Coronavirus – Health and Governance Issues

How ‘Vaccine Nationalism’ could block vulnerable populations’ access to COVID-19 vaccines

Note4Students

From UPSC perspective, the following things are important :

Prelims level : Not Much

Mains level : Vaccine nationalism

Hundreds of COVID-19 vaccine candidates are currently being developed. Many countries are securing priority access to doses of COVID-19 vaccine.

Practice question for Mains:

Q. What is Vaccine Nationalism? Discuss various ethical issues involved and its impact on vulnerable populations across the globe.

Vaccine nationalism during COVID-19

  • Vaccine nationalism occurs when a country manages to secure doses of vaccine for its own citizens or residents before they are made available in other countries.
  • This is done through pre-purchase agreements between a government and a vaccine manufacturer.
  • Vaccine nationalism is harmful to equitable access to vaccines.

US begins to secure

  • In India, the privately held Serum Institute is developing one of the leading COVID-19 vaccine candidates.
  • The Serum Institute signalled that, if the development of the vaccine succeeds, most of the initial batches of the vaccine will be distributed within India.
  • At the same time, India, alongside the US and Russia, chose not to join the Access to COVID-19 Tools Accelerator.
  • This was a WHO moves to promote collaboration among countries in the development and distribution of COVID-19 vaccines and treatments.

Vaccine nationalism is not new

  • During the early stages of the 2009 H1N1 flu pandemic, some of the wealthiest countries entered into pre-purchase agreements with several pharmaceutical companies working on H1N1 vaccines.
  • At that time, it was estimated that, in the best-case scenario, the maximum number of vaccine doses that could be produced globally was two billion.
  • The US alone negotiated and obtained the right to buy 600,000 doses. All the countries that negotiated pre-purchase orders were developed economies.
  • Only when the 2009 pandemic began to unwind and demand for a vaccine dropped did developed countries offer to donate vaccine doses to poorer economies.

Issues with such nationalism

  • The most immediate effect of vaccine nationalism is that it further disadvantages countries with fewer resources and bargaining power.
  • It deprives populations in the Global South from timely access to vital public health goods.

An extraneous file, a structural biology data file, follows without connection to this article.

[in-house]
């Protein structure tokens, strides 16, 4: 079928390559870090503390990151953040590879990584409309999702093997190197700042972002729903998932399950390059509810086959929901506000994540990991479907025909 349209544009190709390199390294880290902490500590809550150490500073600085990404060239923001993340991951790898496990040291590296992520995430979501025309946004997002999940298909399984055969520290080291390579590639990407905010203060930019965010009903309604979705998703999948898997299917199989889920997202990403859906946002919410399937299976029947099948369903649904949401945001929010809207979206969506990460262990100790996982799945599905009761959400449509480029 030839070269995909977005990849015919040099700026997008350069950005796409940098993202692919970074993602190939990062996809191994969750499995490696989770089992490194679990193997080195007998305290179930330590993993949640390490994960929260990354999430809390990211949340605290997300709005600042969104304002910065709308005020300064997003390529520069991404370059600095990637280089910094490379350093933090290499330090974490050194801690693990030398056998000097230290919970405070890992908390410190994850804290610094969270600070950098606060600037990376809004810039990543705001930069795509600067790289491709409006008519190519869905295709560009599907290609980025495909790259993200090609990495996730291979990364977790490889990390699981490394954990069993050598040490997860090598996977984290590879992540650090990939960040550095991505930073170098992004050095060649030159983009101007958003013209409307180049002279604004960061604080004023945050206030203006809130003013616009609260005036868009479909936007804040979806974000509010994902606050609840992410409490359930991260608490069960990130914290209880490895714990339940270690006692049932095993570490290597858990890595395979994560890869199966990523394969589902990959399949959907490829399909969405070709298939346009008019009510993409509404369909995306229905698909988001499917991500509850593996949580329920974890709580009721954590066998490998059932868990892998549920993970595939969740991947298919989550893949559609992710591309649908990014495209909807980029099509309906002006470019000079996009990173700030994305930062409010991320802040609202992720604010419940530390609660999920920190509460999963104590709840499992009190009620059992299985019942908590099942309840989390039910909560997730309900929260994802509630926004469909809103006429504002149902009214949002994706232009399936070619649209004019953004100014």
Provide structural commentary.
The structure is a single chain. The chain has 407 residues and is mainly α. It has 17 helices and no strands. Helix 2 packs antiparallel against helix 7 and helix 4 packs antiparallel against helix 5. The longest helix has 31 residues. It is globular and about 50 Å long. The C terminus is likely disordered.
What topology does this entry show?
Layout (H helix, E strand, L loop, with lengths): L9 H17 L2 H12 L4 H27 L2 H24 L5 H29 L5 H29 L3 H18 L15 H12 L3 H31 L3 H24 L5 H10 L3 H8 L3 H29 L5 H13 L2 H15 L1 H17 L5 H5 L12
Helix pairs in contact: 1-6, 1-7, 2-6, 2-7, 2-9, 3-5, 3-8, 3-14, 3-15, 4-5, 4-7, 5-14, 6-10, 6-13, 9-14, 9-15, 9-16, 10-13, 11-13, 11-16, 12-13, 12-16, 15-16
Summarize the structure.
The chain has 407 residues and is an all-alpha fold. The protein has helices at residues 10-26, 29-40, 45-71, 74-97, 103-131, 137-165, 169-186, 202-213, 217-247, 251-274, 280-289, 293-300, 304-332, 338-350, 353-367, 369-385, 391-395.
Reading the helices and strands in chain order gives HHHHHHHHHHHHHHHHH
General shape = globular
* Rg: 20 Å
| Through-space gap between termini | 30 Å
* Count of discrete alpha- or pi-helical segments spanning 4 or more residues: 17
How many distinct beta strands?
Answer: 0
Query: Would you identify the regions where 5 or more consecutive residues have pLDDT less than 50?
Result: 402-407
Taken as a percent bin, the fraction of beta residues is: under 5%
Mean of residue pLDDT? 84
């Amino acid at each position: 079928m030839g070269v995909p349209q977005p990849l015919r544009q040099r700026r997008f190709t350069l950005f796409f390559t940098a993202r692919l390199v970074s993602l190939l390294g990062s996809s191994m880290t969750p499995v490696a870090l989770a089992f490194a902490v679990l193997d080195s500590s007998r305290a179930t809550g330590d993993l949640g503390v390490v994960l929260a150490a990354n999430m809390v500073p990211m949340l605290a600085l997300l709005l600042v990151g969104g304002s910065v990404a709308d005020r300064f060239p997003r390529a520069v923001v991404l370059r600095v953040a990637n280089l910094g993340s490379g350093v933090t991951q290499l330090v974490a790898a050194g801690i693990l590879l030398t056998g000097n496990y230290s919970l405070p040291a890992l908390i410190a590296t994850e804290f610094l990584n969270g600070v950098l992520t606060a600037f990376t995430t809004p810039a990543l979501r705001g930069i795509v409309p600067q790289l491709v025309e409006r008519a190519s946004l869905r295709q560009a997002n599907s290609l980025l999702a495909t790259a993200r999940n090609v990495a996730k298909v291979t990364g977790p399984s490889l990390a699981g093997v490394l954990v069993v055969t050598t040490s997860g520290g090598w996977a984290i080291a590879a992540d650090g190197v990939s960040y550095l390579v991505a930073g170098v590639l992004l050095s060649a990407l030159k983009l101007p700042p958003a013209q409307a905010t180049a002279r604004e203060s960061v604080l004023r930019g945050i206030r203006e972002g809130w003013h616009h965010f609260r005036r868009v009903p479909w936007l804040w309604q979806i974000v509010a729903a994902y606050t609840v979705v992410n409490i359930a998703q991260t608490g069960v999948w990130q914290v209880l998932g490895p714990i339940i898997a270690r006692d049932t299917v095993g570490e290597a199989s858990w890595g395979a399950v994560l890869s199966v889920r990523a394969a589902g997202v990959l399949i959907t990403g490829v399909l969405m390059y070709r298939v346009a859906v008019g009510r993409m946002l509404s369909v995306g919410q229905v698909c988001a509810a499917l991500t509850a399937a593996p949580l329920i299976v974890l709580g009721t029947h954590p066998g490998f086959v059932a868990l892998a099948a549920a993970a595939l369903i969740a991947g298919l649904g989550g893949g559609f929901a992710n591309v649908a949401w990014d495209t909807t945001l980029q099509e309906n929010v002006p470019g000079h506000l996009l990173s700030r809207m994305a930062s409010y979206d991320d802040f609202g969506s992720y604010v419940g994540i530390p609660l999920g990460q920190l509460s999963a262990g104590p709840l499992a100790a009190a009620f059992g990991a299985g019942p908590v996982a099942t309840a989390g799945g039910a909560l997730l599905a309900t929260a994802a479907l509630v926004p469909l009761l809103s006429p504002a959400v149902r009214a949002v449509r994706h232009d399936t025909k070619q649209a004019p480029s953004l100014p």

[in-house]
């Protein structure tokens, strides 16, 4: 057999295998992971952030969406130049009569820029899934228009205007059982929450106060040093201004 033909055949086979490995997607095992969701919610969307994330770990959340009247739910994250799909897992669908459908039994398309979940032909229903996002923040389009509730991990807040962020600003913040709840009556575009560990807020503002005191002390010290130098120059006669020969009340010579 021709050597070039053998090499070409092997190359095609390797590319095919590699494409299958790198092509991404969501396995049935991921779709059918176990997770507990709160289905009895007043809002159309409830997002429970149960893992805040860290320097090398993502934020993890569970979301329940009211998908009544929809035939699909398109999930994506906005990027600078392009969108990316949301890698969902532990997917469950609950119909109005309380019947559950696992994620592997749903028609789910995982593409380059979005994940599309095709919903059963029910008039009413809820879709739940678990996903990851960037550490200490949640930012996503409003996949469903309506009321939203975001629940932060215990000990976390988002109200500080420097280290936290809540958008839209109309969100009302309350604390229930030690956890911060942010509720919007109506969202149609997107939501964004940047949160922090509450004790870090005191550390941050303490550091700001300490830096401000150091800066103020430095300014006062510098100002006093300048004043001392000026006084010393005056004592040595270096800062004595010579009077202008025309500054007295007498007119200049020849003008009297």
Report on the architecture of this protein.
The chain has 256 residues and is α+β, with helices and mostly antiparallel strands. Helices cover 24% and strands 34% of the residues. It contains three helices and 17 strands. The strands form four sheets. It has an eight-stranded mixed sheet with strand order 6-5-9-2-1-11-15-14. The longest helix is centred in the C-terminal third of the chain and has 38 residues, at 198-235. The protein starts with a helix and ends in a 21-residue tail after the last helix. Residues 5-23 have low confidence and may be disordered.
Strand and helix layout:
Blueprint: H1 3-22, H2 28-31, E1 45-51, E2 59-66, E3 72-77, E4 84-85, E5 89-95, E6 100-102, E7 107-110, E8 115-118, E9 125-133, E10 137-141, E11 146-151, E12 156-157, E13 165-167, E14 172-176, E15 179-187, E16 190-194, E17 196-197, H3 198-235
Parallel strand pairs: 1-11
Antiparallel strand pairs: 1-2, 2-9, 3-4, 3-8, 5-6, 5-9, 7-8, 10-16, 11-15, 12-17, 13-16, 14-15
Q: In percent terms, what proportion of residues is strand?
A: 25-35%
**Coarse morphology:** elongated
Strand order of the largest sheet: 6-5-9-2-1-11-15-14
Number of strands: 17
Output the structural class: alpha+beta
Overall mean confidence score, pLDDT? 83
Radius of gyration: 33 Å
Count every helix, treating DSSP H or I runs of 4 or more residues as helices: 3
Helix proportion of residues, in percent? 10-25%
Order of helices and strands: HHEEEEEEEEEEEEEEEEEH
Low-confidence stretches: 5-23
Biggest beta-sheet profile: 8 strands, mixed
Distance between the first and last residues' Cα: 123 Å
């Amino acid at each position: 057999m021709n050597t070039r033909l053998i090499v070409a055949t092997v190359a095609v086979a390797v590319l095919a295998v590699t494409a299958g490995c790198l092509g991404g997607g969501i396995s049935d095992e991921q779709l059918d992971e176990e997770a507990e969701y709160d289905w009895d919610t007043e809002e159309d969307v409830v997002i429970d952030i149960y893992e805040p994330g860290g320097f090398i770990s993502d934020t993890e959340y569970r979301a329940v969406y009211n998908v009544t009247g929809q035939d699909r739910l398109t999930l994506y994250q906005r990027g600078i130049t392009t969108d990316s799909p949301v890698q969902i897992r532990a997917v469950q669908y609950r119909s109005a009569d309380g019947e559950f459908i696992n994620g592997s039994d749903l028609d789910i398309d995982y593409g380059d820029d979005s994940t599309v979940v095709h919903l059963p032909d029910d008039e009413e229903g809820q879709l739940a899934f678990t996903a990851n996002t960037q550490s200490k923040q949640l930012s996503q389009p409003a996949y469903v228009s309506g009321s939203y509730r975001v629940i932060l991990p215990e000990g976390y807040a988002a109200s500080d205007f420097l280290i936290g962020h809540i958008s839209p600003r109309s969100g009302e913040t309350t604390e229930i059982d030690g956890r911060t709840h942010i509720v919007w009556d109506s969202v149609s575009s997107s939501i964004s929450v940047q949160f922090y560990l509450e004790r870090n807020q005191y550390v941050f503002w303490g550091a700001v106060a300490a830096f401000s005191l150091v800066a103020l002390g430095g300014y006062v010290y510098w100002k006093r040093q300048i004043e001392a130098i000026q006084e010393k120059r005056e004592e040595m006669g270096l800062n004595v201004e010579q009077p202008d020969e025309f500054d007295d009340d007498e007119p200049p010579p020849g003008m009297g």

• Taken to its extreme, it allocates vaccines to moderately at-risk populations in wealthy countries over populations at higher risk in developing economies.
  • Vaccine nationalism also runs against the fundamental principles of vaccine development and global public health.

Why it is unethical?

  • Most vaccine development projects involve several parties from multiple countries.
  • With modern vaccines, there are very few instances in which a single country can claim to be the sole developer of a vaccine.
  • And even if that were possible, global public health is borderless. As COVID-19 is illustrating, viruses can travel the globe.

Its impacts

  • If COVID-19 vaccines are not made available affordably to those who need them, the consequences will likely be disproportionately severe for poorer or otherwise vulnerable and marginalised populations.
  • Without broad access to a vaccine, these populations will likely continue to suffer more than others, leading to unnecessary disease burden, continued economic problems and potential loss of life.

Conclusion

  • Nationalism is at odds with global public health principles. Yet, there are no provisions in international laws that prevent pre-purchase agreements like the ones described above.
  • There is nothing inherently wrong with pre-purchase agreements of pharmaceutical products.
  • Vaccines typically do not generate as much in sales as other medical products.
  • If used correctly, pre-purchase agreements can even be an incentive for companies to manufacture vaccines that otherwise would not be commercialized.

Way forward

  • Equity entails both, affordability of vaccines and access opportunities for populations across the world, irrespective of geography and geopolitics.
  • Contracts should not trump equitable access to global public health goods.
  • Developed countries should pledge to refrain from reserving vaccines for their populations during public health crises.
  • The WHO’s Access to COVID-19 Tools Accelerator is a starting point for countries to test collaborative approaches during the current pandemic.
  • International institutions — including the WHO — should coordinate negotiations ahead of the next pandemic to produce a framework for equitable access to vaccines during public health crises.
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